Publications and Resources

Family Action Centre

Resources

The Dad Factor

The Dad Factor

Author: Dr Richard Fletcher

Explains why a father's involvement with his child right from birth is vitally important  to the development of a child's brain and emotional stability.  How father-baby bonding helps a child for life.


Volume 10 Number 3

2007 - Volume 10, Number 3


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Volume 10 Number 2

2007 - Volume 10, Number 2


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Volume 10 Number 1

2007 - Volume 10, Number 1


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Volume 9 Number 3

2006 - Volume 9, Number 3


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Volume 9 Number 2

2006 - Volume 9, Number 2


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Volume 9 Number 1

2006 - Volume 9, Number 1


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Volume 8 Number 3

2005 - Volume 8, Number 3


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Volume 8 Number 2

2005 - Volume 8, Number 2


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Volume 8 Number 1

2005 - Volume 8, Number 1


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Volume 7 Number 3

2004 - Volume 7, Number 3


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Volume 7 Number 2

2004 - Volume 7, Number 2


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Volume 7 Number 1

2004 - Volume 7, Number 1


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Volume 6 Number 3

2003 - Volume 6, Number 3


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Volume 6 Number 2

2003 - Volume 6, Number 2


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Volume 6 Number 1

2003 - Volume 6, Number 1


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Volume 5 Number 2

2002 - Volume 5, Number 2


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Volume 5 Number 1

2002 - Volume 5, Number 1

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Volume 4 Number 3

2001 - Volume 4, Number 3


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Volume 4 Number 2

2001 - Volume 4, Number 2


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Volume 4 Number 1

2001 - Volume 4, Number 1


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  • Engaging Aboriginal fathers in Developing Practice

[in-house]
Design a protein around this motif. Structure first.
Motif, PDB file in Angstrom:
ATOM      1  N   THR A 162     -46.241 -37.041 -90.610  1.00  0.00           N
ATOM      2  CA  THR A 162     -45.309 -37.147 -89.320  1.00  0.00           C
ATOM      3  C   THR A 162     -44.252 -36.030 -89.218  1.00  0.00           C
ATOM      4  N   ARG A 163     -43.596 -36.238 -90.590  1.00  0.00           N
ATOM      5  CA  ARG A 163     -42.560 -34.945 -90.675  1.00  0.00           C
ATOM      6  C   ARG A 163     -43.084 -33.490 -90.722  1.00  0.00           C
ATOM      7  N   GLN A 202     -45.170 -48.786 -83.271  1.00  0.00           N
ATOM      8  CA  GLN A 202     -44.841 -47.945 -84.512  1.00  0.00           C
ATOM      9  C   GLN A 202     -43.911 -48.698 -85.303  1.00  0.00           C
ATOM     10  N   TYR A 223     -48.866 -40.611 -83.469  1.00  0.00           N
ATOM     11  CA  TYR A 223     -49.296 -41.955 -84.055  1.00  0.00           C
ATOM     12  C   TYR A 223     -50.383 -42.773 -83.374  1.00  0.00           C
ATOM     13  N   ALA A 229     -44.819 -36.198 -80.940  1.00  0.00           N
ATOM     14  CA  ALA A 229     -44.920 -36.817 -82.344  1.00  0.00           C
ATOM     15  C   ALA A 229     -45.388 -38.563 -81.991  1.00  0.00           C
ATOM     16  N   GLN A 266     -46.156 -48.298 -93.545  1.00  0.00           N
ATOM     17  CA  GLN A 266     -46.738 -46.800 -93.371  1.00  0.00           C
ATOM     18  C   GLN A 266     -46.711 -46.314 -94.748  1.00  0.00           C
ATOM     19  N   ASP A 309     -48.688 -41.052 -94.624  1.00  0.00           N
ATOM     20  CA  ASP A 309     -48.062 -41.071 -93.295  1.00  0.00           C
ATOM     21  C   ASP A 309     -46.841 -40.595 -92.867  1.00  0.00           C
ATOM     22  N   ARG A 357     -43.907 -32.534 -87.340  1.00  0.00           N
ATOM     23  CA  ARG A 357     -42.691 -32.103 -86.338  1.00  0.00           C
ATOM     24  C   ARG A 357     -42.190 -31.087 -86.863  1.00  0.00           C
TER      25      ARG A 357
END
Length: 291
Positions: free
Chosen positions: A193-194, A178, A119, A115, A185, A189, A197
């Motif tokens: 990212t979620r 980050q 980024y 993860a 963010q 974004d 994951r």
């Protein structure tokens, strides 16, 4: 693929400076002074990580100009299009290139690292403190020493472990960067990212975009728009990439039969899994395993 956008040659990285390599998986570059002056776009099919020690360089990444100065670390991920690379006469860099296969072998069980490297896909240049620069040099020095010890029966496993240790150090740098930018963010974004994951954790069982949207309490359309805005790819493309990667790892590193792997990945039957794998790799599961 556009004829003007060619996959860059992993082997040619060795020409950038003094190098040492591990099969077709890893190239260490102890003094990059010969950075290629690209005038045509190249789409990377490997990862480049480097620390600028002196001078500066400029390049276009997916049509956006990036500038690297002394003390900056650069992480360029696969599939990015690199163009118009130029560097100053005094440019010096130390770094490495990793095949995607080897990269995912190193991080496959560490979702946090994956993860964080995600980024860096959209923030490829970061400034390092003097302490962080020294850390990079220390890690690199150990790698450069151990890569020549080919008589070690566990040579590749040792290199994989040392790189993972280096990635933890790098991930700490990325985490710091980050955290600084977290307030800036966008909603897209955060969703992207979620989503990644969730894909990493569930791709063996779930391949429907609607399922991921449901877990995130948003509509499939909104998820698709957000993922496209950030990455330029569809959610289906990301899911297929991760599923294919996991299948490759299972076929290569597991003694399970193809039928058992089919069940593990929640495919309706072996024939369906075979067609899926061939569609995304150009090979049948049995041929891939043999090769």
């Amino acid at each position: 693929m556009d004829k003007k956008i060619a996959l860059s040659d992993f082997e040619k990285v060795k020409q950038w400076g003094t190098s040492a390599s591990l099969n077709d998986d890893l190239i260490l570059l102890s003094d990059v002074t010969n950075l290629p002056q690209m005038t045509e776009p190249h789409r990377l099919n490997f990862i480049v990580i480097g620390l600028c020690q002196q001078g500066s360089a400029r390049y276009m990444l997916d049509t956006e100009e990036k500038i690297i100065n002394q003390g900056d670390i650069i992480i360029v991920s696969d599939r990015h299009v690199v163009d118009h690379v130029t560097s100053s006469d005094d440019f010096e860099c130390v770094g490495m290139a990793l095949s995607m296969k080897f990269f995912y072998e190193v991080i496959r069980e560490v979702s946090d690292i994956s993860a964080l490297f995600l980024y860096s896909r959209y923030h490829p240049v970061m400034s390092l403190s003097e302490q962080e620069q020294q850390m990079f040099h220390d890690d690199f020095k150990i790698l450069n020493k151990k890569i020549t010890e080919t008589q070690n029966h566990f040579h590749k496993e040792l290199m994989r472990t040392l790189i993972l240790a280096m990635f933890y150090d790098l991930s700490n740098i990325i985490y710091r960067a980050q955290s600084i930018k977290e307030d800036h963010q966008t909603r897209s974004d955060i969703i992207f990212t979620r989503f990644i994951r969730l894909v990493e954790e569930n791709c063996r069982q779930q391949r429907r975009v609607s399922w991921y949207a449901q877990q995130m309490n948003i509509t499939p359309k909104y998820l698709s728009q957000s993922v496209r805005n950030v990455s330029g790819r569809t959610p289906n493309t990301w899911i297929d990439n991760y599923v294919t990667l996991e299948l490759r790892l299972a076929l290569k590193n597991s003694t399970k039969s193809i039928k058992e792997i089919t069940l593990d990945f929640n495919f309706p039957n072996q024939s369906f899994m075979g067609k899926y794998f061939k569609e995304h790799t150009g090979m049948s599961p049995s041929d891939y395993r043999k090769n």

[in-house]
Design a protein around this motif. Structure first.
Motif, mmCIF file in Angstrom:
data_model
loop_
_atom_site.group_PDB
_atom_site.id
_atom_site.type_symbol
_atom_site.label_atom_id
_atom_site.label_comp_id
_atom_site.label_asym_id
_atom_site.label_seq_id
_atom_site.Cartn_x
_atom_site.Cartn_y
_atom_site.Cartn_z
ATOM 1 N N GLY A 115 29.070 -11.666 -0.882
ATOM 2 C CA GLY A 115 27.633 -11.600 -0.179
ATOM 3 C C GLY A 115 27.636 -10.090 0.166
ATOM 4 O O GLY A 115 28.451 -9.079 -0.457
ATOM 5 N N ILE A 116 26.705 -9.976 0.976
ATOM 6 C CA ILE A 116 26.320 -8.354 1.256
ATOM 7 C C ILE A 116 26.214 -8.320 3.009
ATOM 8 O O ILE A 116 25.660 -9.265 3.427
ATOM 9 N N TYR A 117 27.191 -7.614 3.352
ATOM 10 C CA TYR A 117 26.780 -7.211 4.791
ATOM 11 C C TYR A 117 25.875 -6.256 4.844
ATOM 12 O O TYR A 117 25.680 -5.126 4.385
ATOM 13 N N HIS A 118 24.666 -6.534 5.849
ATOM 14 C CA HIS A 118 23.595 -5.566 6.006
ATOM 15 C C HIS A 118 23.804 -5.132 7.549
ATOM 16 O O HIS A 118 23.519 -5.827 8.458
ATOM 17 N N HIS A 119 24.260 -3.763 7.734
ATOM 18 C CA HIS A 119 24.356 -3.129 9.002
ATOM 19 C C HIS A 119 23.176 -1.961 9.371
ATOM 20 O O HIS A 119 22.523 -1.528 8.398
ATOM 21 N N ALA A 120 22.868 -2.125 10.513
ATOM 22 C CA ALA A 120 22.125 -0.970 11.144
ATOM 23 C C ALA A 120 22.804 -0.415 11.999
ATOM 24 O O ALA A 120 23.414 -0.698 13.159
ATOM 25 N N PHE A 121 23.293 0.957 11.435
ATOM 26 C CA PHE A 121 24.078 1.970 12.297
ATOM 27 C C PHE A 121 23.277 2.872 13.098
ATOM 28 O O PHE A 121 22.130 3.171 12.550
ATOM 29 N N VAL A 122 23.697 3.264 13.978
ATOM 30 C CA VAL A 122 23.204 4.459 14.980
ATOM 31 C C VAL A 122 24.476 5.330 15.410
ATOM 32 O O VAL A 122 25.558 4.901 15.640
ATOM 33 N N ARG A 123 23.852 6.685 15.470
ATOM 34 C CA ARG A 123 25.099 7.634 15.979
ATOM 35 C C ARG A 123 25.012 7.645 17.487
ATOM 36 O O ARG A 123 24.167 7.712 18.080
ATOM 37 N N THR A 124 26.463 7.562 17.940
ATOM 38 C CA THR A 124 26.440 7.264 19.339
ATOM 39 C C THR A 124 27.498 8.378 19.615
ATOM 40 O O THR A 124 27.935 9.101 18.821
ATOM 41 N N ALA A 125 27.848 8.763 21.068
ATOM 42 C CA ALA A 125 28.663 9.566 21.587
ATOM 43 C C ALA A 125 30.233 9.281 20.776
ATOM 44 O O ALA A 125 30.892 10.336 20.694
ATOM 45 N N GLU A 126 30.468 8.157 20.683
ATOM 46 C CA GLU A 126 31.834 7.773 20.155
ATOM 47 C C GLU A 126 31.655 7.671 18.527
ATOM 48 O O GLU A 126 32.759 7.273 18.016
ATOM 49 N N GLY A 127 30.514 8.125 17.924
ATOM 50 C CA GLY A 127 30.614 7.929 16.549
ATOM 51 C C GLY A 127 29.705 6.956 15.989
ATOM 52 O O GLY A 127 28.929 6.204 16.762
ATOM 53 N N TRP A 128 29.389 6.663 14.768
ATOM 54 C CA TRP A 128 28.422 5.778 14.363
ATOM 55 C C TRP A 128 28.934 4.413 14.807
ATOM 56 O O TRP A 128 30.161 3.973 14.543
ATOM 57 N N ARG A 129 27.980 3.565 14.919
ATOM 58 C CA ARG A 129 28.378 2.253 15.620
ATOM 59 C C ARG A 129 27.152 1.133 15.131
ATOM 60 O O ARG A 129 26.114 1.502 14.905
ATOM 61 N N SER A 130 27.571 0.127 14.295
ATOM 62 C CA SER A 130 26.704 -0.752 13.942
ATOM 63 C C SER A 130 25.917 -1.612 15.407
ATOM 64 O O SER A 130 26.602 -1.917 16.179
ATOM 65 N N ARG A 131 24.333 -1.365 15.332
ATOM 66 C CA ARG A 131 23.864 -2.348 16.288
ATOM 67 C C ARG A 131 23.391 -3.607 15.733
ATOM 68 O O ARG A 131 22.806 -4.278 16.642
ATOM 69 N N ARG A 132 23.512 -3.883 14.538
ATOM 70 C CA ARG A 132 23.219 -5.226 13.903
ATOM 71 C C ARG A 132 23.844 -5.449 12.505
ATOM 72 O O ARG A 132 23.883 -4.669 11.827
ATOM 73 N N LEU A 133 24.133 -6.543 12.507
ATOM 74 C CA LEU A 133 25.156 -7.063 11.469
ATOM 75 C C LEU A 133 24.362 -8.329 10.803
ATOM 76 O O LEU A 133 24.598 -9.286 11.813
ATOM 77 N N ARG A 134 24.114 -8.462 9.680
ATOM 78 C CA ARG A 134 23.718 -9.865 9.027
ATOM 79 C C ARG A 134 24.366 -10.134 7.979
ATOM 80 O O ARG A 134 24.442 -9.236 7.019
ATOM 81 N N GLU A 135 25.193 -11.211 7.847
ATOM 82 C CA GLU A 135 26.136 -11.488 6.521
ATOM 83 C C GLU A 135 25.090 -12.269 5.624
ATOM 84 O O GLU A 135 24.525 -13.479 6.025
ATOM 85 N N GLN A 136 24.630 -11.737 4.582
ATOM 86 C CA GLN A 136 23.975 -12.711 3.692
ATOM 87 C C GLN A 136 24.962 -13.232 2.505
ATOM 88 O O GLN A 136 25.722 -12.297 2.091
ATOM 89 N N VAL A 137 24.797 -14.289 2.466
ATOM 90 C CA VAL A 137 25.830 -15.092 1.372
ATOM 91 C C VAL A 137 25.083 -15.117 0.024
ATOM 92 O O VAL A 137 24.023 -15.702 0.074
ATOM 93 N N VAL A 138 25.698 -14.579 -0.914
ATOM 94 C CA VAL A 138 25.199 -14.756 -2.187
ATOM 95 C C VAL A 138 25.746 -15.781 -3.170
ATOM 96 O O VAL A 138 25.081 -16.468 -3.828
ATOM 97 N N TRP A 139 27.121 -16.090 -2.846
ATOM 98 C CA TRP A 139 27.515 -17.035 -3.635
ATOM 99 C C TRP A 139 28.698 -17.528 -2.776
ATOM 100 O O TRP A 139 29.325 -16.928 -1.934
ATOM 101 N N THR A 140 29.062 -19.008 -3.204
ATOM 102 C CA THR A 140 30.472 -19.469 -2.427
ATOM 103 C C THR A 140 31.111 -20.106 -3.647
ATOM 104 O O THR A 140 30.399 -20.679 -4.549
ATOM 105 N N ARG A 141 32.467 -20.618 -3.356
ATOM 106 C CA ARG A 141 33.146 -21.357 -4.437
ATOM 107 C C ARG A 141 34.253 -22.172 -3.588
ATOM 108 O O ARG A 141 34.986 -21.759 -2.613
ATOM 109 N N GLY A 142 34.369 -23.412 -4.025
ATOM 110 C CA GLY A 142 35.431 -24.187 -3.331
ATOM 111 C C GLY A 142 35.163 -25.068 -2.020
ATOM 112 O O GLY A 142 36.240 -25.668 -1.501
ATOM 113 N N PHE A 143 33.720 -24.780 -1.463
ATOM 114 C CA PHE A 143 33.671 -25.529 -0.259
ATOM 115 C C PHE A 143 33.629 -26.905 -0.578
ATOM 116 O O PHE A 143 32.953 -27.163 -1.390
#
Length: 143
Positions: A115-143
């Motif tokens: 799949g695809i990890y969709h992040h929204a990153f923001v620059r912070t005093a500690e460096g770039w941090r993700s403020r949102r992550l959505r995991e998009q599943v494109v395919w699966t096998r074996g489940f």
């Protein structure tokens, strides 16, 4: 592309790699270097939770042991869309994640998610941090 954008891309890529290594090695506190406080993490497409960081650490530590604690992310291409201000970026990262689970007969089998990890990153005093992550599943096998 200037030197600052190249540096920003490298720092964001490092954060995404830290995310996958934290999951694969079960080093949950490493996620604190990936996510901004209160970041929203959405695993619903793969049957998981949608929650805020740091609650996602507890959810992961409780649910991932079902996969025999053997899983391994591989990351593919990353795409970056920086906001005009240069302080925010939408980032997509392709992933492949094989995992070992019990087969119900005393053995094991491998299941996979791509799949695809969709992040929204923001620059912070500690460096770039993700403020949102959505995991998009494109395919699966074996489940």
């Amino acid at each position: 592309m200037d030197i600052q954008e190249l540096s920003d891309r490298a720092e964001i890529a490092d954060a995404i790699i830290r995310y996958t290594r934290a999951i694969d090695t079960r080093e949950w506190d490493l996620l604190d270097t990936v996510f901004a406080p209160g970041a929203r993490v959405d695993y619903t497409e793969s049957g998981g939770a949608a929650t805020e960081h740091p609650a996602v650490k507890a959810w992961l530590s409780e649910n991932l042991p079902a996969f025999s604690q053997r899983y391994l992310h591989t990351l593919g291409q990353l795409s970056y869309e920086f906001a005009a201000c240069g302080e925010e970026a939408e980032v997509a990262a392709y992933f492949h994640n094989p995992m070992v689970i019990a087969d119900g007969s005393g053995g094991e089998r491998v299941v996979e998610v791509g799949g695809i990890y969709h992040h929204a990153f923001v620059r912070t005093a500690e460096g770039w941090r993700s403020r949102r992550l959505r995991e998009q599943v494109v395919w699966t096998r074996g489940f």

The parenting partnership is the relationship that adults share in the raising of children. This is most often between a child’s biological mother and father but parenting partnerships come in many forms and can span generations.

When a parenting partnership is working well the parents are likely to be less stressed and enjoy parenting more while their children are likely to experience better social relationships with their families, teachers and peers.

We now know that the quality of parenting partnerships can be enhanced through intervention, however these interventions are often labour intensive and expensive. Connecting the Dots is aiming to find cost effective ways to promote parenting partnership quality in the everyday interactions that occur between services and families.

This resource supports parents in the development of shared expectations for their child with a disability but the resource is being developed for other applications. The aim of this resource is to get parents talking about specific expectations that they have for their child. The kit contains 3 sets of identical cards that parents can sort individually and/or on their own. The aim is for parents to identify their highest areas of need and then compare these to those of their partner. The acceptability and efficiency of this resource is currently being assessed.

View publications by:

Distinguished Professor Alan Hayes

Associate Professor Richard Fletcher

Dr Jennifer StGeorge

Dr Deborah Hartmann

Dr Graeme Stuart

Dr Leanne Schubert

Dr Emily Freeman